She Saved $280,000 for Retirement: You Can Do Better


Have you socked away $100,000 or more for retirement? Odds are, you haven't. According to the 2011 Retirement Confidence Survey, fully 76% of Americans have saved less than $100,000. And it's actually worse than that -- 56% have saved less than $25,000. It may seem hard to save money, but once you learn about Oseola McCarty, you'll see how few excuses you have.

You see, McCarty managed to accumulate way more than the average American -- $280,000 -- while living in conditions much tougher than most of us. Born in 1908, she worked doing laundry for 75 years, having had to leave school in the sixth grade. She never earned more than $9,000 per year.

Her life offers many lessons to those of us who would like to build comfortable retirements. Here are a few:

Take Action

It's easy to believe in the power of saving and investing. It's easy to intend to allocate 10% (or, ideally, more) of your income to a retirement account. But actually doing it can be hard -- or can seem so.

You can make it easier on yourself by taking your savings out of your paycheck immediately, before you spend that money. Better still, automate much of your financial life, having contributions automatically made to your retirement and savings accounts.

Stay the Course

While opening a Roth IRA or contributing to your 401(k) at work is indeed a good reason to pat yourself on the back, it's not enough. You have to keep contributing to them over time, with more money than you might want to contribute. If your employer is moving 3% of your salary into a 401(k), that's probably not enough. If you sent $2,500 to your IRA this year, that's probably not enough, either. Most of us are allowed to contribute up to $5,000 per year ($6,000 if we're 50 or older) to our IRAs, and the contribution limit for 401(k)s is $17,000 for 2012, plus an additional $5,500 for those 50 or older. To build a strong retirement account, you'll need to put away a lot of money over many years, if possible. McCarty certainly socked away as much as she could, for many decades.

Here's why you need to be aggressive and diligent -- especially if you're only a decade or two away from retirement: Imagine a $400,000 nest egg, which might seem sufficient to you. Experts don't agree on how much you should withdraw from your nest egg each year in retirement, but 4% is a common figure (adjusted for inflation). If you take 4% out of that $400,000, you'll have $16,000 in your first year. Coupled with Social Security, will that be enough for you to live on? Many of us will want to accumulate $1 million dollars or more, if we can.

Consider Retiring Later

The idea of $1 million might freak you out, especially if your savings account now has, say, $63,000. But all is not lost. There are ways to strengthen your position, besides saving more aggressively. You might downsize your home, for example. You could even take in a boarder, if it makes sense for you.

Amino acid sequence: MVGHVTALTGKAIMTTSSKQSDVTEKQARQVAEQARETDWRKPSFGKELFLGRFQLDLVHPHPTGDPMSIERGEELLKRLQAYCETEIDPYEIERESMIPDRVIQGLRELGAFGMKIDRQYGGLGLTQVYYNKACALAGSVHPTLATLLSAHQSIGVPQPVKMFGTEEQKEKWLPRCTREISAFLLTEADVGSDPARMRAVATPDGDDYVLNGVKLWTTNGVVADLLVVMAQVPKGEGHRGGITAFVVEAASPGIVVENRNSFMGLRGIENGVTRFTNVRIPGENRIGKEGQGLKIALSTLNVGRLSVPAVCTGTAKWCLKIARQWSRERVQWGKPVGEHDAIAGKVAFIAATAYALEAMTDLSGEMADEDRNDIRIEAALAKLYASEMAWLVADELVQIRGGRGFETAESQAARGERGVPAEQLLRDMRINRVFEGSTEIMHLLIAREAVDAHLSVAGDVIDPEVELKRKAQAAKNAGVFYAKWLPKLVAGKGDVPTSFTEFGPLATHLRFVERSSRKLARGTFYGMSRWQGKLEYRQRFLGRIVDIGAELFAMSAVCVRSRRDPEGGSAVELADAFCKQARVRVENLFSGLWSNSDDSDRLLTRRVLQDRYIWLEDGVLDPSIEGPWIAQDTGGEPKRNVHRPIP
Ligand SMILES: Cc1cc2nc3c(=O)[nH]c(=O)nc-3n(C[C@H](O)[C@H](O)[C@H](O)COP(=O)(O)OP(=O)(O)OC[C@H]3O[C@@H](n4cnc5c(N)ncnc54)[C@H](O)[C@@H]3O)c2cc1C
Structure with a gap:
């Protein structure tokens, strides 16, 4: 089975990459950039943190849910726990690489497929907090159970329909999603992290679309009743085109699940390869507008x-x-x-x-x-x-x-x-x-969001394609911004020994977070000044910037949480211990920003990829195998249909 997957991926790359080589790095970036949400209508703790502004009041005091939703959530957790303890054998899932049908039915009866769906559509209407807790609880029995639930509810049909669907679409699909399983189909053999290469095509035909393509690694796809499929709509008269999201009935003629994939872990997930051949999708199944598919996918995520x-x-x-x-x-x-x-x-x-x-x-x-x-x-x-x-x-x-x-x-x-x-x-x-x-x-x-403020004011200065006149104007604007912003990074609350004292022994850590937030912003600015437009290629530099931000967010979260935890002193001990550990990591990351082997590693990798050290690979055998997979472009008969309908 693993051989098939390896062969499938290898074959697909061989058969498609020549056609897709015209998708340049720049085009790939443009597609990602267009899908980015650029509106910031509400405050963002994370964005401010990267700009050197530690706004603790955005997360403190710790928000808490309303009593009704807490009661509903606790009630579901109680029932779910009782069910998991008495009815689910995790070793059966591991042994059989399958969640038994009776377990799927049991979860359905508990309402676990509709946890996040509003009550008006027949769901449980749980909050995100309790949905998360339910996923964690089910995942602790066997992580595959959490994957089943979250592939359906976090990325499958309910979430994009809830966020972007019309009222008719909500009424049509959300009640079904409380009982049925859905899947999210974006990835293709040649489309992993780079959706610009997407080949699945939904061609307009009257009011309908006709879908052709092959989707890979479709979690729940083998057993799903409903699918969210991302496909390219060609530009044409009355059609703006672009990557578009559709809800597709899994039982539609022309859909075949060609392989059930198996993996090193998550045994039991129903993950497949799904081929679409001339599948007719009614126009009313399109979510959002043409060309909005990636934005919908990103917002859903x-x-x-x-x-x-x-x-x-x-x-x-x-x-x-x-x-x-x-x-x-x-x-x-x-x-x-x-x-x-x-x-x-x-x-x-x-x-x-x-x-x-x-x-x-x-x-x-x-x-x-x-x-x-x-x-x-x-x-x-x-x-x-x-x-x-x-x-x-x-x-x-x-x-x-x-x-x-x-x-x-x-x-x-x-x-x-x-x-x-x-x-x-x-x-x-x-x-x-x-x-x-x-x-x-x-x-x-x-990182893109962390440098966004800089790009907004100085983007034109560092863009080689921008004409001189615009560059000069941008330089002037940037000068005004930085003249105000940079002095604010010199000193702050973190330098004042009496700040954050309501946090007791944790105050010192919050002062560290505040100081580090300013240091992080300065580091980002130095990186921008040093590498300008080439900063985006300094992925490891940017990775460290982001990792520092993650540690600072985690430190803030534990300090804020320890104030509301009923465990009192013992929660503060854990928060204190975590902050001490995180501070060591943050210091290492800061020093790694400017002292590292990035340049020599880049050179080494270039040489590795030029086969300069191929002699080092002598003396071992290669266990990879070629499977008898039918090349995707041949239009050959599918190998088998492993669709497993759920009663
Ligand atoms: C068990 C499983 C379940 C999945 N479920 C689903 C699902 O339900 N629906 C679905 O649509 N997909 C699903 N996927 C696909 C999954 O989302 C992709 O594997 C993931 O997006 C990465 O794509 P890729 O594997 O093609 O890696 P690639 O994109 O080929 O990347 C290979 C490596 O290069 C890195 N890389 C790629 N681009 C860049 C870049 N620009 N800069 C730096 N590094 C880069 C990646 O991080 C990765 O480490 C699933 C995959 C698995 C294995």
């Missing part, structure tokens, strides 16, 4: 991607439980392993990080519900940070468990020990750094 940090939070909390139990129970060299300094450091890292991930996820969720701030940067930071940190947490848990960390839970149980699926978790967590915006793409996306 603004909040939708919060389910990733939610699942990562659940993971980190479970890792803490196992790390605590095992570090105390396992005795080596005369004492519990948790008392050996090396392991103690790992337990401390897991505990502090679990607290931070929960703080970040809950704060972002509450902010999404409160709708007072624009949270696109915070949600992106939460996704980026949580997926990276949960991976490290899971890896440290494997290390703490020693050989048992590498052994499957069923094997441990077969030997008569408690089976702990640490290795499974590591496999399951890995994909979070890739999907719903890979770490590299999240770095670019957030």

A simpler option is just to work longer. A few more years can make a world of difference. By delaying your retirement, you'll shorten the amount of time that your nest egg will have to last, and you'll have a few more years in which to beef it up. During your extra working years, you might enjoy health insurance from your employer, too, saving you some expenses.

McCarty maximized this approach, working until she just wasn't physically able to anymore, at age 86. Thus, her retirement was rather short. She actually ended up with far more than she needed, and she was able to give away about half her fortune, donating $150,000 to the University of Southern Mississippi in Hattiesburg.

Invest Effectively

A final lesson is that we should invest our money effectively. Ms. McCarty mainly used a savings account for many years, until her bank noticed her growing balance and suggested she use CDs and conservative mutual funds. That certainly helped her money grow faster, but she could have done even better.

Saving money
Saving money

If you save a lot but keep all your money in CDs and money market funds for decades, you'll be short-changing yourself. Long-term money, which you won't need for at least five years -- or, ideally 10 or more -- is likely to find its best returns in the stock market. You can tap that resource easily via a broad index fund such as SPDR S&P 500 (SPY) or the Vanguard S&P 500 Index Fund (VFINX).

Consider adding some individual stocks to your mix, if you're willing to do a little research and keep up with them. Johnson & Johnson (JNJ), Intel (INTC), PepsiCo (PEP), and Procter & Gamble (PG) are solid long-term performers, each recently offering a dividend yield over 3%. ExxonMobil (XOM) has been yielding more than 2%. Apple (AAPL) pays no dividend at this point, but it's sitting on a pile of cash and many expect the stock to keep growing for a good while. These companies are not without risk, but by diversifying your money, you can reduce the effect of any possible hit from one company.

Whether you're an executive with a six-figure salary or a public school teacher pulling in five figures, you can build yourself a more comfortable retirement. There's a good chance that a million dollars may even be within your reach.

Longtime Motley Fool contributor Selena Maranjian owns shares of Apple, Procter & Gamble, PepsiCo, Intel, and Johnson & Johnson, but she holds no other position in any company mentioned. The Motley Fool owns shares of Intel, Johnson & Johnson, PepsiCo, and Apple; has sold shares of SPDR S&P 500 short; and has bought calls on Intel. Motley Fool newsletter services have recommended buying shares of Intel, PepsiCo, Procter & Gamble, Johnson & Johnson, and Apple, as well as creating bull call spread positions in Apple and Intel, and diagonal call positions in PepsiCo and Johnson & Johnson.

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